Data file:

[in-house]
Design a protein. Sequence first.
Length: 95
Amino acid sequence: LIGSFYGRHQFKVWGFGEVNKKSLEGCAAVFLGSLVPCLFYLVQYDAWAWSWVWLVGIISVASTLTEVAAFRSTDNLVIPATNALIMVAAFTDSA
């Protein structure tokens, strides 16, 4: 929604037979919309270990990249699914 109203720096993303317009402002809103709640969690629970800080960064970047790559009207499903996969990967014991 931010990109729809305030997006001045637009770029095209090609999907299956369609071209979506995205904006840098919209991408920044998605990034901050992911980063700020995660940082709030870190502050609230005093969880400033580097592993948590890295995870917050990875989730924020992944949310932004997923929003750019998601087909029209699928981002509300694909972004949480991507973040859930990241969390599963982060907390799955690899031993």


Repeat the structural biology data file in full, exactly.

[in-house]
Design a protein. Sequence first.
Length: 95
Amino acid sequence: LIGSFYGRHQFKVWGFGEVNKKSLEGCAAVFLGSLVPCLFYLVQYDAWAWSWVWLVGIISVASTLTEVAAFRSTDNLVIPATNALIMVAAFTDSA
């Protein structure tokens, strides 16, 4: 929604037979919309270990990249699914 109203720096993303317009402002809103709640969690629970800080960064970047790559009207499903996969990967014991 931010990109729809305030997006001045637009770029095209090609999907299956369609071209979506995205904006840098919209991408920044998605990034901050992911980063700020995660940082709030870190502050609230005093969880400033580097592993948590890295995870917050990875989730924020992944949310932004997923929003750019998601087909029209699928981002509300694909972004949480991507973040859930990241969390599963982060907390799955690899031993």